Frequency: Going Above 5.0 GHz

One of the major highlights that AMD is promoting with the new Zen 3 core and Ryzen 5000 processors how the company has kept the same power and yet delivered both more frequency, more performance per MHz, and ultimately more performance, despite using the same TSMC N7 manufacturing process node. The updated efficiency of the core, assuming the design can scale in frequency and voltage, can naturally lead to those higher frequency numbers. One of AMD’s humps in competing against Intel of late has been, despite any IPC difference, the higher frequency of Intel’s 14nm process. With Zen 3, we are seeing AMD drive those higher numbers – and some numbers higher than on the box.

When AMD announced the top 16-core processor, the Ryzen 9 5950X, it gave a base frequency of 3400 MHz and a turbo frequency of 4900 MHz. This turbo value was so close to the ‘magic’ number of 5000 MHz, and would yield an additional angle for AMD in its marketing strategy and promotional toolkit. Ultimately scoring a 5000 MHz version comes down to binning – AMD would have detailed analysis of the chiplets it makes at TSMC, and it would see how many chiplets could hit this mark. The question then becomes if there would be enough to satisfy demand, or if those chiplets were better suited in higher efficiency future EPYC products where the margins are higher.

We have seen what happens when you launch a processor that can’t be built in the numbers required: Intel’s Core i9-10900K, at 5.3 GHz turbo, was a super high frequency but couldn’t be built enough to meet demand, and Intel launched the Core i9-10850K – an identical chip except now down to 5.1 GHz, which was an easier target to meet.

If you’ve read through this far in the review, you have already seen that we’re here quoting going above 5.0 GHz for the Ryzen 9 5950X. Despite having an official single core turbo of 4.9 GHz, the processor has an internal metric of ‘peak’ frequency assuming there is sufficient thermal and power headroom of 5025 MHz. This in effect should be its official turbo value. In combination with the default precision boost behavior, we saw a very regular and sustained 5050 MHz.

We quizzed AMD on this. We were told that the 4.9 GHz value for single core turbo should cover all situations, based on BIOS version, motherboard used, and the quality of the silicon inside. The company is happy to let the base precision boost algorithms (or what eXtreme Frequency Range/XFR was rolled into) enable something higher than 4.9 GHz if it can, and they confirmed that with a standard high-end AM4 built and this processor, 5025/5050 MHz should be easily achievable with a large proportion of 5950X retail hardware.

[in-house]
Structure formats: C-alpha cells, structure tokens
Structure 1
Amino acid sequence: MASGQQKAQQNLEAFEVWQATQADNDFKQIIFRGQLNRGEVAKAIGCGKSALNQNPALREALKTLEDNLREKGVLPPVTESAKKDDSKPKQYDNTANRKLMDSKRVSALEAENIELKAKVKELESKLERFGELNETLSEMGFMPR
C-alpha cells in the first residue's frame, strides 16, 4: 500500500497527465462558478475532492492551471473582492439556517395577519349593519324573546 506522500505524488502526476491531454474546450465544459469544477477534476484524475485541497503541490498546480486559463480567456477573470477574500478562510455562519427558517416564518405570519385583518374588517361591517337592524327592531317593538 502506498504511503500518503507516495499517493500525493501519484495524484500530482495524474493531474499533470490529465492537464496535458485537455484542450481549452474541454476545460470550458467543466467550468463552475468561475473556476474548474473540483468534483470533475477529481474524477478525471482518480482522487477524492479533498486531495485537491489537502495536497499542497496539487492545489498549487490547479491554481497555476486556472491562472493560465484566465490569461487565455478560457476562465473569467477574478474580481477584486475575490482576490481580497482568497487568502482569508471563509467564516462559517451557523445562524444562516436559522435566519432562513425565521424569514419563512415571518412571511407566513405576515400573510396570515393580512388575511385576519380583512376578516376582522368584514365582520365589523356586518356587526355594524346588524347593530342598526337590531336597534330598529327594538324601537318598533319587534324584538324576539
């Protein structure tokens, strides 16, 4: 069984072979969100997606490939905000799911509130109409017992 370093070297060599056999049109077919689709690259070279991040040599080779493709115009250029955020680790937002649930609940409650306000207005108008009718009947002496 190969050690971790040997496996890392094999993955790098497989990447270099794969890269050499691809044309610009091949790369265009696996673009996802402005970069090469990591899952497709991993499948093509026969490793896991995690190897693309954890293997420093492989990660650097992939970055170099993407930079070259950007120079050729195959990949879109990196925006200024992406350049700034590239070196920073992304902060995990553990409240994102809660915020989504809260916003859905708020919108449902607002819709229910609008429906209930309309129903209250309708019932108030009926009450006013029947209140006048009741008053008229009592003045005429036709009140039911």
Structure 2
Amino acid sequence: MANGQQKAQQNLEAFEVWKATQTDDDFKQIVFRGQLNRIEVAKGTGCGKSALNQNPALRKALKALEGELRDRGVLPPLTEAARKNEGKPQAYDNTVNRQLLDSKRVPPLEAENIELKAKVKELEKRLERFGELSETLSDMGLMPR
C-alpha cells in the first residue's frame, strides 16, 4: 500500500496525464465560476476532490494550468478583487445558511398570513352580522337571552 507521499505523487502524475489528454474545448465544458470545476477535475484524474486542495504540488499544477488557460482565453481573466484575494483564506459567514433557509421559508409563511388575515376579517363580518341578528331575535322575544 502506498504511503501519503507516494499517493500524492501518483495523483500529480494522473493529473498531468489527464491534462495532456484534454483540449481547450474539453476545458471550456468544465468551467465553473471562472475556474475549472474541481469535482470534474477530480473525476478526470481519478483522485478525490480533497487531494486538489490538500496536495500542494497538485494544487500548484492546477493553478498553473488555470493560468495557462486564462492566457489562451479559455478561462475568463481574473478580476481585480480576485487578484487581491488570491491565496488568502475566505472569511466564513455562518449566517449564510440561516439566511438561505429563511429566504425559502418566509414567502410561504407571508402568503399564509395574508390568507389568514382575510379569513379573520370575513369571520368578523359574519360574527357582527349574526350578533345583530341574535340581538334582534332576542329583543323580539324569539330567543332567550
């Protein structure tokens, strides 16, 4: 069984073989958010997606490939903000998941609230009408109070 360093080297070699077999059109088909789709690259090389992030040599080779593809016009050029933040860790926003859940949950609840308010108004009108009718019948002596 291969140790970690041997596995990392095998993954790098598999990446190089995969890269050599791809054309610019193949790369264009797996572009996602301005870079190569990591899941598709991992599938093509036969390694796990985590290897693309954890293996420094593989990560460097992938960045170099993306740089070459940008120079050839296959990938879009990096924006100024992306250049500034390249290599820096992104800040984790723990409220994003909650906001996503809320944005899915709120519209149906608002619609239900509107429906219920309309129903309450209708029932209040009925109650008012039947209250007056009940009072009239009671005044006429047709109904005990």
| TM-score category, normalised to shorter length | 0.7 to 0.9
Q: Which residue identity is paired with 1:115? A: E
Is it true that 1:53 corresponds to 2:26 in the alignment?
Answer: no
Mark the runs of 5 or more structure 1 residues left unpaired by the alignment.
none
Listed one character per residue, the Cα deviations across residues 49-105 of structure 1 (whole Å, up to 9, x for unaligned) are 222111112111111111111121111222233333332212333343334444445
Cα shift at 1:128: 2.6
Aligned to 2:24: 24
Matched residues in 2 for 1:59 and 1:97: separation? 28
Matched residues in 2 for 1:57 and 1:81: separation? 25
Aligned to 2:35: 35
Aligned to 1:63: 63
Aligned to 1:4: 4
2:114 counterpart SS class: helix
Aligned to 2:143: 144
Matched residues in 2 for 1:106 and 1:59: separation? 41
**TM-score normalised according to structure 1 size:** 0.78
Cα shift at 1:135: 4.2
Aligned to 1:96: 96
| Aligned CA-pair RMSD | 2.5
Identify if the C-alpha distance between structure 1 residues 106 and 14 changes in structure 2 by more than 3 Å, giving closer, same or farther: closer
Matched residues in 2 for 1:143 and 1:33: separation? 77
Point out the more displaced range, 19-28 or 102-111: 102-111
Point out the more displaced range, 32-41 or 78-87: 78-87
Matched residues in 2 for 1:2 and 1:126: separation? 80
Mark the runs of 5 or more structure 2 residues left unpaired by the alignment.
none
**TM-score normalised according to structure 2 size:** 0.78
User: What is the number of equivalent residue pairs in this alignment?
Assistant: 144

So Why Does AMD Not Promote 5.0 GHz?

From the standpoint of ‘I’ve dealt with press relations from these companies for over 10 years’, I suspect the real answer for AMD not promoting 5.0 GHz is more about sculpting the holistic view of Zen 3 and Ryzen 5000.

If the company were to promote/place the Ryzen 9 5950X as AMD’s second ever processor to go above 5.0 GHz (the first was the FX-9590 back in 2013), or reaching 5.0 GHz on 7nm, then this achievement would necessarily overshadow all of AMD’s other achievements on Zen 3. Rather than pointing to the new core, the increased IPC, or the efficiency of the new processor, everyone would be pointing to the 5.0 GHz frequency instead. Achieving that value and promoting it as such effectively masks the ability for AMD (and the press) to be able to discuss some of the other major wins – that 5.0 GHz win would come off as a poisoned chalice. Not only this, but it might spur users to purchase them at a higher rate; you might consider this a win from both a revenue and gross margins perspective, but it does tie in to AMD’s ability to produce the chiplets at this frequency or if they want to use them for other higher margin products.

Of course, some of this is vanity. AMD would rather speak to its engineering expertise and successes, its teams of engineers, and dive into the specific performance wins, especially for a product where the claims about absolute performance leadership are in-of-themselves a strong statement. Users might conflate the fact that AMD reaching 5.0 GHz was the only reason for performance leadership, and that’s ultimately not the narrative that AMD wants to cultivate.

It also leaves the door open to a future product that will certainly say 5.0 GHz on the box. When AMD has extracted the marketing performance of its increased IPC and efficiency, it can open that window and reap another focused review cycle.